Short-term community-level response of arthropods to group selection with seed-tree retention in a northern hardwood forest

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We examined the short-term effects of group-selection harvesting with seed-tree retention on ground-dwelling and bark-dwelling arthropod communities in a northern hardwood forest in the Upper Peninsula of Michigan. Arthropods were sampled in 16 group-selection openings and 8 closed canopy reference plots. Two opening sizes were examined-radii of 0.5 (320 ± 27 m2, n = 8) and 1.0 (1217 ± 62 m2, n = 8) times the mean canopy height (22 m). Each opening and reference plot was centered on a single Betula alleghaniensis Britt. (yellow birch). Ground-dwelling arthropods were sampled using pitfall traps that were opened for two 1-week periods (rounds 1 and 2), and bark-dwelling arthropods were sampled with sticky traps attached to the centrally located B. alleghaniensis trees. Family-level diversity of ground-dwelling arthropods was lower in reference plots than in the openings, but the only significant difference occurred during round 2, between the matrix and large openings (P < 0.01). During both sampling periods, the ground-dwelling community exhibited a distinct clustering of family-level composition along environmental gradients such as opening size. Families such as Staphylinidae (rove beetles) and Trombidiidae (red velvet mites) were not favored by higher canopy openness while families such as Acrididae (grasshoppers) and Lycosidae (wolf spiders) were captured more in openings than in the forest matrix. Landing rates of wood-boring insects such as Buprestidae (metallic wood-boring beetles) and Xiphydriidae (wood wasps) were significantly higher on seed trees in group-selection openings than in reference plots (P < 0.05). Our results suggest that integrating group-selection openings within northern hardwood forests can lead to an increase in the family-level diversity of ground-dwelling arthropods, at least in the short term. Furthermore, seed trees left in such openings may be more attractive to bark- and wood-boring insects, which warrants further investigation into the susceptibility of these seed trees to damage by certain insect pests. © 2007 Elsevier B.V. All rights reserved.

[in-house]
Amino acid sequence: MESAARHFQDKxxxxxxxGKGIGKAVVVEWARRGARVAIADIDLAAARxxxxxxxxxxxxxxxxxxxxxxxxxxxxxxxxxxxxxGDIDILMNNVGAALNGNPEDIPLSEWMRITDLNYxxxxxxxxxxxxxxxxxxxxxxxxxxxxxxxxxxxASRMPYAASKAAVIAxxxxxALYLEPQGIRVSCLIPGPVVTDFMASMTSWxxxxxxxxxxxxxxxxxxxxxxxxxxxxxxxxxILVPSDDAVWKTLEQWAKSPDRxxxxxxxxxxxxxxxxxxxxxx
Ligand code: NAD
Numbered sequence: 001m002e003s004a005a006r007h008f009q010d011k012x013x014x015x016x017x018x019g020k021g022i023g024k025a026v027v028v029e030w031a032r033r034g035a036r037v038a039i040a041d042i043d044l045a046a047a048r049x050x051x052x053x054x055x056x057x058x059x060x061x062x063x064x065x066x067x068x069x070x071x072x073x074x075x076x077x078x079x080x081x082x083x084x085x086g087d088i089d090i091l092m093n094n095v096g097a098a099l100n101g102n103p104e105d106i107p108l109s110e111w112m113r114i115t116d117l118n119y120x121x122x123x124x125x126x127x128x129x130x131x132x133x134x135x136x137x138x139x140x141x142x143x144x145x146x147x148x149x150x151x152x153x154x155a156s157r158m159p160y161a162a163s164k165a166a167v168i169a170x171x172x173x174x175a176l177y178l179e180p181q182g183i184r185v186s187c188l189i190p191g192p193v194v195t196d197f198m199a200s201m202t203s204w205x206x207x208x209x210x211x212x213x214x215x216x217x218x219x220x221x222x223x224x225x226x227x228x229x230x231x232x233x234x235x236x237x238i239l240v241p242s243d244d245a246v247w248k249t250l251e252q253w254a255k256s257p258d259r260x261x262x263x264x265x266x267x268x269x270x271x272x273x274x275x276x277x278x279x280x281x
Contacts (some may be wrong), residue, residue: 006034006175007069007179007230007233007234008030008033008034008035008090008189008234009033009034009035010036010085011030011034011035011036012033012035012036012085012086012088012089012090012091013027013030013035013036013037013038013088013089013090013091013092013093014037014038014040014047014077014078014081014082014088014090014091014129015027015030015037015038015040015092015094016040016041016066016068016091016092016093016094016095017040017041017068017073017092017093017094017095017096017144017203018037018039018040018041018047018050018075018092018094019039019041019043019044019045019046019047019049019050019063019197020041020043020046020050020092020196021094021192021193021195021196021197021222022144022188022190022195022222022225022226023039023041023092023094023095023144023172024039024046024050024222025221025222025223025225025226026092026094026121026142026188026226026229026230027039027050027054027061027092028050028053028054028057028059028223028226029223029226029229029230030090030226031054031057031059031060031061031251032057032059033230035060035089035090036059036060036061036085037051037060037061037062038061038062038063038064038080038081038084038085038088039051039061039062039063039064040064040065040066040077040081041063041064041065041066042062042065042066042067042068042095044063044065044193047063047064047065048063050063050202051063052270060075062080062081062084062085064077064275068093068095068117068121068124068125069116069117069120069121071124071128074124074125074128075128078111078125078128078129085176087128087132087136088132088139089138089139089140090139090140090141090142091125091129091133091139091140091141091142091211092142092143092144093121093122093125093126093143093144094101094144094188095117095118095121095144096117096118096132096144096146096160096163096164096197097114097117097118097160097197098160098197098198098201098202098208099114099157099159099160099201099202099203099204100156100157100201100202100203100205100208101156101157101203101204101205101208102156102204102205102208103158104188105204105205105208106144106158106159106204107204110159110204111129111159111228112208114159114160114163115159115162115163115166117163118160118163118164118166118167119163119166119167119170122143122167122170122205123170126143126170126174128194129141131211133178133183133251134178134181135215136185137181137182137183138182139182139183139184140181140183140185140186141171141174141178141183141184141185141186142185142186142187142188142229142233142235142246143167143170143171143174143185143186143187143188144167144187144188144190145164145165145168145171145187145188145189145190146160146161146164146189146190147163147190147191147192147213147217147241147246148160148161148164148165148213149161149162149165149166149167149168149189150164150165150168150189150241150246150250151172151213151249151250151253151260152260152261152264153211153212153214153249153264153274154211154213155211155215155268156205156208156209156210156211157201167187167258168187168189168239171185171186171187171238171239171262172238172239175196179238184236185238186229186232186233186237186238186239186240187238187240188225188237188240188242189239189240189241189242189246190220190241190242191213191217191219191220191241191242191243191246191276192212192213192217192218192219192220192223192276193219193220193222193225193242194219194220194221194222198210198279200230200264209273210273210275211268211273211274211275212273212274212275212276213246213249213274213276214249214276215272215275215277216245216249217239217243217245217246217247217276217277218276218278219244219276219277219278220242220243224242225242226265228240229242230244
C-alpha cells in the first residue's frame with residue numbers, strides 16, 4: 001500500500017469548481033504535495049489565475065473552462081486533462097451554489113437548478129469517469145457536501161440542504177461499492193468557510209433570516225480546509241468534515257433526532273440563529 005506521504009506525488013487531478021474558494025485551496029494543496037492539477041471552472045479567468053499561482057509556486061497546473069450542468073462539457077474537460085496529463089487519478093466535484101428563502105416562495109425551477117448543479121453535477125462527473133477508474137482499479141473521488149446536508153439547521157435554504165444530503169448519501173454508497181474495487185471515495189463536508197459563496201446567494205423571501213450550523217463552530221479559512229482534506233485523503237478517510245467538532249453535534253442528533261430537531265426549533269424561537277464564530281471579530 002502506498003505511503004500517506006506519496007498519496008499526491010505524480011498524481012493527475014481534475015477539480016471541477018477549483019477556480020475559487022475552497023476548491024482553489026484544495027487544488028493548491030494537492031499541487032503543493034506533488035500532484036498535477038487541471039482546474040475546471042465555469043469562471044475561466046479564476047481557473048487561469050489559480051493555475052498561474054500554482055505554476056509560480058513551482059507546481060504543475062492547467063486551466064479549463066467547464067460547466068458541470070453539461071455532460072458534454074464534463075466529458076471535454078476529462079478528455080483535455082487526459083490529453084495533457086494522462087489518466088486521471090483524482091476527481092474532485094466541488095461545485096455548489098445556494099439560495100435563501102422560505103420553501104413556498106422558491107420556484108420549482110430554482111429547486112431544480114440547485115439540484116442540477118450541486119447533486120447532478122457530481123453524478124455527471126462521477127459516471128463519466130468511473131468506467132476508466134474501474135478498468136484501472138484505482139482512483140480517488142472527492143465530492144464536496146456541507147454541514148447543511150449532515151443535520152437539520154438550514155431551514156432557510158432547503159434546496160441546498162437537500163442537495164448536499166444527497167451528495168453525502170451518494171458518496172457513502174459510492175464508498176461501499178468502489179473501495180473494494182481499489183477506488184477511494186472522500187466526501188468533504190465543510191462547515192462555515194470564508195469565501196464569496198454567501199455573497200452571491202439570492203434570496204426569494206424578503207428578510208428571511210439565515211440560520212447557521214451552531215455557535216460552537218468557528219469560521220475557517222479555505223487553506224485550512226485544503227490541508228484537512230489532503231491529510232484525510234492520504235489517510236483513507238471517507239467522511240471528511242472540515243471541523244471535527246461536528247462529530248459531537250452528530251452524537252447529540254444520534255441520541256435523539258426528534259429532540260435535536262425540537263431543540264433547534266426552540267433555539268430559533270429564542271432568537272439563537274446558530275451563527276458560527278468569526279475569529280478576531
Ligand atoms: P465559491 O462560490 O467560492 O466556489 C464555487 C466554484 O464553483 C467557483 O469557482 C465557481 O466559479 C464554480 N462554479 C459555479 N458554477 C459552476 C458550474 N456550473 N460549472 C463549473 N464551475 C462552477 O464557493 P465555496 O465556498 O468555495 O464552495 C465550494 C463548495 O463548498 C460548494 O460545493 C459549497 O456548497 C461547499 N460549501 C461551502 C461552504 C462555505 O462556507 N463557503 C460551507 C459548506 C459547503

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Forest Ecology and Management